Deltoids are the muscles on the top of your arm. They make your upper body wider and help create a “V-taper” shape, making you look stronger and more muscular. But they also make your waist smaller.
The shoulder joint is very movable, and it can move in all directions. But this also means that the shoulder joint is more likely to get hurt. So you need to train the muscles in your body to do these movements so you won’t get hurt.
The deltoids are muscles on the outside of the body. They help move your arms. The rotator cuff group lives inside your shoulder joint and supports it to do many things.
To get the V-taper, you need to make sure that all three heads of your deltoid muscles are developed. You do this by doing exercises that require:
- Using a cable machine to work out the anterior head of your deltoid muscle.
- Use dumbbells for exercises that work out the lateral head, and
- Use dumbbells for exercises that work out the posterior head.
1. Dumbbell Shoulder Press
Doing the shoulder presses will help you develop strong deltoids. You can do this exercise with dumbbells, and it will target both the front of your shoulders and your triceps. Having strong anterior deltoids also helps with stability when you are doing a bench press.
When it comes to choosing between standing or sitting, you need to pick one. First, pick which technique you want to do. Then you can keep doing it and get better at it.
- Pick up your preferred dumbbell weight. Hold one in each hand, with an overhand grip. Keep your torso tight if you are sitting down and put the weights on your thighs.
- Exhale as you start to raise the weights towards the ceiling with palms facing forward. Hold the contraction at the top of that move.
- Inhale as you lower the weights back down to shoulder height.
- Repeat for sets and reps that you prefer/have time for.
2. Dumbbell Front Raise
In this exercise, we are isolating the front of your shoulder. So you should only do this exercise if you think that your front of the shoulder is not as strong as it is on the other side. But it probably won’t be because it’s essential for bench presses and incline bench presses.
Do this exercise with one arm at a time. Keep your form strict and use minimum momentum.
- Choose a weight of dumbbells. Stand up straight and tighten your torso. Put the weights in front of your thighs, palms facing inwards.
- Keep your torso strong and without swinging; raise one side to the front of your body, keeping an elbow bend (palms towards the floor).
- Lift it until it is parallel to the ground. Exhale throughout the movement.
- Hold that position for a moment and then inhale before slowly lowering it back to your thigh.
- Alternate with each arm doing this exercise for 1 set on each arm.
3) Dumbbell Bent-Over Lateral Raise
This exercise targets the back part of your shoulder. It is often the weakest and underdeveloped in most people, so you need to do many sets to get strong.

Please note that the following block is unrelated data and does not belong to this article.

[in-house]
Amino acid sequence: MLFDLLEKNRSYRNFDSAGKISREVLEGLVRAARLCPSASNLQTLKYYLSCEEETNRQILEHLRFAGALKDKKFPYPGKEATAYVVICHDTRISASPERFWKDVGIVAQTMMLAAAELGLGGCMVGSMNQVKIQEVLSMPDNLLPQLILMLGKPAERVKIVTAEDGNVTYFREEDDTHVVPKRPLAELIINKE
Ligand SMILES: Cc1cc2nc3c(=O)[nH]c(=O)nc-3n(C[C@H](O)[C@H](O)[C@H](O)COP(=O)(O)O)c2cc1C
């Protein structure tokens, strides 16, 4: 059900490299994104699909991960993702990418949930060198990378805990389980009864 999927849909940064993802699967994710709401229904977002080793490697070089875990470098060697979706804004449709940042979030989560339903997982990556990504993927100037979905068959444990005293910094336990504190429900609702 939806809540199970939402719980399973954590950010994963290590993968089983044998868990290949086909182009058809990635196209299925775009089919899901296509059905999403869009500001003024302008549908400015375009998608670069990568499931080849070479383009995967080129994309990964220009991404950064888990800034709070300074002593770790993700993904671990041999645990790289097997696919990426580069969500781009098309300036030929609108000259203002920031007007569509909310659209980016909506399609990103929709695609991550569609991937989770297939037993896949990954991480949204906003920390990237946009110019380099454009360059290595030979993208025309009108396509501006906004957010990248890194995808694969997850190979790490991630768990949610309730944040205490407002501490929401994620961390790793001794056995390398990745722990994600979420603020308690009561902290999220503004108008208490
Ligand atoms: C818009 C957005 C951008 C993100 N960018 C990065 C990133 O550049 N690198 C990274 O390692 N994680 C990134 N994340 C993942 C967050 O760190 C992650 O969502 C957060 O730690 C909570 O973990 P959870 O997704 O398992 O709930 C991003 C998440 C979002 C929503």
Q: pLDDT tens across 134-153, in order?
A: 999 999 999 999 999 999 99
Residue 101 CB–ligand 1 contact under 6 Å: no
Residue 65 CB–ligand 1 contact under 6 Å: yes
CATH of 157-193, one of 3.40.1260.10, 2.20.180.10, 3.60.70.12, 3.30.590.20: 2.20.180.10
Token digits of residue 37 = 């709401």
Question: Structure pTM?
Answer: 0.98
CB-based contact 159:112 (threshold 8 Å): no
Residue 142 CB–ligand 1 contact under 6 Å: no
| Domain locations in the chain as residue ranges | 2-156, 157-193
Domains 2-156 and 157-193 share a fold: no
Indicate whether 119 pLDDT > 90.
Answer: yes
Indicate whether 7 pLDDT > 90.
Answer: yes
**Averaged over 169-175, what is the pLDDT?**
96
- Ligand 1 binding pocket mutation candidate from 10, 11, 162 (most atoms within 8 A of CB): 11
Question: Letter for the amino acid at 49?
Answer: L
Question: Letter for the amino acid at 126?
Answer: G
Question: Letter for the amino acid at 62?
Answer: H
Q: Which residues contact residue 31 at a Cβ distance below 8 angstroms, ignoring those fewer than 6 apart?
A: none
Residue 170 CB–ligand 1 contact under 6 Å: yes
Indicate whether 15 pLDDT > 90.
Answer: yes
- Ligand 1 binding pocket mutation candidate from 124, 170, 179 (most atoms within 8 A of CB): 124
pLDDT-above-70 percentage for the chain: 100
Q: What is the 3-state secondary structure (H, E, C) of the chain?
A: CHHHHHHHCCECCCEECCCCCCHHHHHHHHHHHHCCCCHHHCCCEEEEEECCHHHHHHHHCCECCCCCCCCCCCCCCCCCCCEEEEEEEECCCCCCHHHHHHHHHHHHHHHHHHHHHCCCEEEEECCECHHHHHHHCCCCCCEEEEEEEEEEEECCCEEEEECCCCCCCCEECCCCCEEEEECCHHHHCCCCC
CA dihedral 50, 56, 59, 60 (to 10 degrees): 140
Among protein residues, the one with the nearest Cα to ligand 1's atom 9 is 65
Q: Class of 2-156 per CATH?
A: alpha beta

- Pick up a weight and then stand in the almost-squatting position.
- Bend your hips to stretch your hamstrings, keeping your back straight. Your body is now nearly parallel to the ground.
- Raise the weights in a reverse fly motion, squeezing them together at the end of the movement. When you raise them, make sure that you exhale. Then lower them slowly and repeat as many times as you need to go until you reach your goal number of repetitions.
- Inhale and lower the weights slowly in a controlled manner when lowering them from this exercise.
4) Dumbbell Lateral Raise
This exercise is for the muscles that are on the outside part of your shoulders. It will help you get a ‘capped’ look on your shoulders.
- Pick up the preferred weight, put your body in a standing position, tighten your core, and head up.
- Raise the weight to the side with as little momentum as possible. The shoulder should be at a neutral rotation or slightly rotated inward.
- This can be done by leading with the elbow. Hold this position for 1-2 seconds, squeezing the muscle at the top of the movement.
- Slowly lower down while inhaling.
5) Dumbbell Upright Row
The dumbbell upright row is a great exercise. It targets all 3 heads of the deltoids and can be considered a ‘finisher’ exercise in a shoulder workout.
The advantage that dumbbells have over barbells is that they allow for more motion, making it easier to prevent injuries to the shoulder joint.
Don’t put too much weight into your exercises. It can be dangerous and cause injury. This is not what you want to happen! Lateral-orientated exercises are easier for your shoulder and will help you hurt less.
- Pick up the weights with an overhand grip. They should be at shoulder width, and you should stand upright. Your palms should face your body, and your arms should be straight but not locked out.
- Concentrate on the muscles on one of your shoulders while you lift the weight up. This is called using it as the main muscle to help lift, like when someone does a bicep curl (having their biceps as their main muscle to move). Then, when you exhale, use that same shoulder as its main muscle to lift to make sure it’s getting stronger.
- Hold at the top for a moment if this is too hard or if you are using lighter weights than usual.
- Please take a deep breath and hold it while slowly bringing the dumbells back to the starting position. Keep the dumbbells close to your body.